Zimmerman described the gun as “a piece of American history” and said he’d send “portions” of the proceeds to “fight [Black Lives Matter] violence and fight “Hillary Clinton’s anti-firearm rhetoric.”
Resisting arrest is a cop’s license to kill: In retrospect there was little doubt that grand juries in Missouri and New York would let off the cops responsible for the killing of two unarmed black men.
Speakers at a quickly organized “call to action” by the Flagler NAACP Tuesday evening said the killing in Ferguson was no exception, but that change begins from within communities and with more accountability on all sides.
The bill would clarify that a law enforcement agency must fully investigate whether a person claiming self-defense has lawfully used force. It also would no longer preclude lawsuits from third parties who are injured by negligent conduct used in self-defense.
The unusual Senate hearing focused almost exclusively on Florida, featured the mothers of two 17 year olds killed in its name–Trayvon martin and Jordan Russell Davis–and drew a rebuke from Ranking Republican Ted Cruz of Texas, who questioned whether the scrutiny of “stand your ground” was part of a broader “political agenda.”
Backed by the arrival of supporters from throughout Florida and the East Coast, as well as singer and activist Harry Belafonte, protesters led by the Hialeah-based Dream Defenders maintained their request for a special legislative session amid rousing chants that filled an area outside the governor’s office.
Marches and other responses to the George Zimmerman trail are focusing needed attention on a culture at times too comfortable with the the paradox of imagining itself past the sort of racially motivated mindsets that made the killing of Trayvon Martin possible, argues Steve Robinson.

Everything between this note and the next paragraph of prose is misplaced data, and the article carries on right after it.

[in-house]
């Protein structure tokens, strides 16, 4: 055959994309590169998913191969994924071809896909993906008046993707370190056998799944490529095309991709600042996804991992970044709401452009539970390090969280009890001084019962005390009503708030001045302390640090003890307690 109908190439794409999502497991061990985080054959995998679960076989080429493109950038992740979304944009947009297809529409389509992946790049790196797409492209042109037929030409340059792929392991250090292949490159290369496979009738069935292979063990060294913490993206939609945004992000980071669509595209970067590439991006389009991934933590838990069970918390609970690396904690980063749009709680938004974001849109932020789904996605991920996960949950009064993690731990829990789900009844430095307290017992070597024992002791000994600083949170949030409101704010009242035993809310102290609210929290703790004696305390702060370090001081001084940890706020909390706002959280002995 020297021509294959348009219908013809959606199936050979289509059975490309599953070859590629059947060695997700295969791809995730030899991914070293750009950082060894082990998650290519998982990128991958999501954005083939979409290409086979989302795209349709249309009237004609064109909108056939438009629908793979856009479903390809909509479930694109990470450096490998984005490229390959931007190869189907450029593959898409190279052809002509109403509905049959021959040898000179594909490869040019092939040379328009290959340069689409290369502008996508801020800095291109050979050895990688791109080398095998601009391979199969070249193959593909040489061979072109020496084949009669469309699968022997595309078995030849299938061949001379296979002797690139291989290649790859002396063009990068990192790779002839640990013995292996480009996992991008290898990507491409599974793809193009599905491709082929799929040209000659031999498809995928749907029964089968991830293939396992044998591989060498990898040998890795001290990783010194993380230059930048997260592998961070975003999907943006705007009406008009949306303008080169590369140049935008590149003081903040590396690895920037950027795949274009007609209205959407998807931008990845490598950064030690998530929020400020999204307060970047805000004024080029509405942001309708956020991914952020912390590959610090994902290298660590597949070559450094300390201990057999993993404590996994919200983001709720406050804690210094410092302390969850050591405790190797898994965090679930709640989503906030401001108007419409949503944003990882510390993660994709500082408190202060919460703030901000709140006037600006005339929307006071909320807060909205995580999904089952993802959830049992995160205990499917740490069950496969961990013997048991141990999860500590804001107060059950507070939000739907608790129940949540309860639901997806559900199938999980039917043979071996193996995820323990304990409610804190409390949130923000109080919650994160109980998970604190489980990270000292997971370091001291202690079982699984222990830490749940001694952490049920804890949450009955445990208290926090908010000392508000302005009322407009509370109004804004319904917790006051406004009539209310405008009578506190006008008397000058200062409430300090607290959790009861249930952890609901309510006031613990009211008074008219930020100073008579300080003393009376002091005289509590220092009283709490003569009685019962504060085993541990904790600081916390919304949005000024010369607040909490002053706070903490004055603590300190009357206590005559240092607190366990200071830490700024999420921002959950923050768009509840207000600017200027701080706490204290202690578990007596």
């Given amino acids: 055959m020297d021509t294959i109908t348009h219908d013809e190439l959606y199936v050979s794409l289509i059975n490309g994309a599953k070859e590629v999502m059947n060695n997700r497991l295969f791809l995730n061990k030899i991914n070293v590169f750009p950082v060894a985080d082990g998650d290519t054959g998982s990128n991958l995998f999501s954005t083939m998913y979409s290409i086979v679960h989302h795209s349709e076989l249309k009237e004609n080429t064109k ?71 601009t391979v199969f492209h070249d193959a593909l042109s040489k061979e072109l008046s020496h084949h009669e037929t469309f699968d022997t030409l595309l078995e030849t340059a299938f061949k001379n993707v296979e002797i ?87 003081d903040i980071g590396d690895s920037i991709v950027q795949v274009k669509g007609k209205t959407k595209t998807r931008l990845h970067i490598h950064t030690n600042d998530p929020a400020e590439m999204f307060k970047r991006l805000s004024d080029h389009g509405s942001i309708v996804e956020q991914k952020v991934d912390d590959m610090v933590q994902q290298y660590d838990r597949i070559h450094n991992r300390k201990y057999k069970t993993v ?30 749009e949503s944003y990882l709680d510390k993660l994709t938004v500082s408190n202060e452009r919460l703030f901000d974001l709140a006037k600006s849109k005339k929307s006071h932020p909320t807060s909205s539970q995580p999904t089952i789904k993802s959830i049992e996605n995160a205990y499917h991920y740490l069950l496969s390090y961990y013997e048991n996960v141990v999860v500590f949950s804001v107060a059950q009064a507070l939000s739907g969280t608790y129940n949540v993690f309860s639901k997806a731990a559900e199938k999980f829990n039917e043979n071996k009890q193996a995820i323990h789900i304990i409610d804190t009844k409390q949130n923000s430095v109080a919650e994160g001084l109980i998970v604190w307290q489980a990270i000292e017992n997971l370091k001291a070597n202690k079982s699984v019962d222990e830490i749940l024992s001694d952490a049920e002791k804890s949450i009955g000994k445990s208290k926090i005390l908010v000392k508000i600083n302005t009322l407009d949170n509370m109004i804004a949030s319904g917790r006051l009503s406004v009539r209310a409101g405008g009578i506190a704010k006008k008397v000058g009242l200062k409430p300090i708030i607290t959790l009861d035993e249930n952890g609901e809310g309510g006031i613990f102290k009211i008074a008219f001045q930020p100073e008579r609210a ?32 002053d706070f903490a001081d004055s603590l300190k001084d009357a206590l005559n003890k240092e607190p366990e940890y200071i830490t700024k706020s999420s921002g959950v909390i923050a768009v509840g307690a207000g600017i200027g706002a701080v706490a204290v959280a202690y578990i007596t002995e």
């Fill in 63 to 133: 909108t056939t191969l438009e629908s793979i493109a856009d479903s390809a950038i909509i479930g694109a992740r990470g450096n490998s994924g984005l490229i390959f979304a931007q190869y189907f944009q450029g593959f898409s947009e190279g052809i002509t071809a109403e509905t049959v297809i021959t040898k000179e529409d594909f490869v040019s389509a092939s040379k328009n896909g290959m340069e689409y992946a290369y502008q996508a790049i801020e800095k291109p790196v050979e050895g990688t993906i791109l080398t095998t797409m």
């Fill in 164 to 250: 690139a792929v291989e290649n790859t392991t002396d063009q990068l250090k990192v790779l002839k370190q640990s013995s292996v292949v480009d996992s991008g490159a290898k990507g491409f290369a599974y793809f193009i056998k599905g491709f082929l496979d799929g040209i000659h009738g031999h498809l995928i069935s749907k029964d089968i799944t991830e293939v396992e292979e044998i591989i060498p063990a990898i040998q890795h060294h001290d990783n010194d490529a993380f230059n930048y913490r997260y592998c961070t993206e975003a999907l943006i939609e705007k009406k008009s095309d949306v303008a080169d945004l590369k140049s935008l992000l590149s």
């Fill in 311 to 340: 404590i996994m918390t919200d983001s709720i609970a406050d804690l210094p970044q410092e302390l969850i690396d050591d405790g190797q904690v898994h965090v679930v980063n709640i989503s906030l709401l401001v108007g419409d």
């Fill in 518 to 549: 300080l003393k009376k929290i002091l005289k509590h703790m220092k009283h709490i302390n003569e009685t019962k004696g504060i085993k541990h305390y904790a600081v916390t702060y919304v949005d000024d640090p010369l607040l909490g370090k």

Some 100 people, most old enough to have lived through the civil rights era, walked for almost 4 miles on Palm Coast Parkway Saturday morning, singing and showing their solidarity with Trayvon Martin’s family and their opposition to Florida’s stand your ground law. Several had taken part in marches dating back to the 1963 March on Washington.
As protests have continued and grown, President Obama Friday afternoon spoke on the stand your ground law, the Zimmerman trial aftermath, Trayvon Martin and race more expansively and in more personal terms than he had since his speech on race from Philadelphia as a presidential candidate in 2008. The full text and video are included.
The Saturday morning march in Trayvon Martin’s memory is being organized by Valerie Ottley, a retired Palm Coast resident of 22 years who is herself a neighborhood watch coordinator. The march will start at 8:30 a.m. at Kohl’s on Belle Terre Parkway and follow a course down Palm Coast Parkway to U.S.1 and back.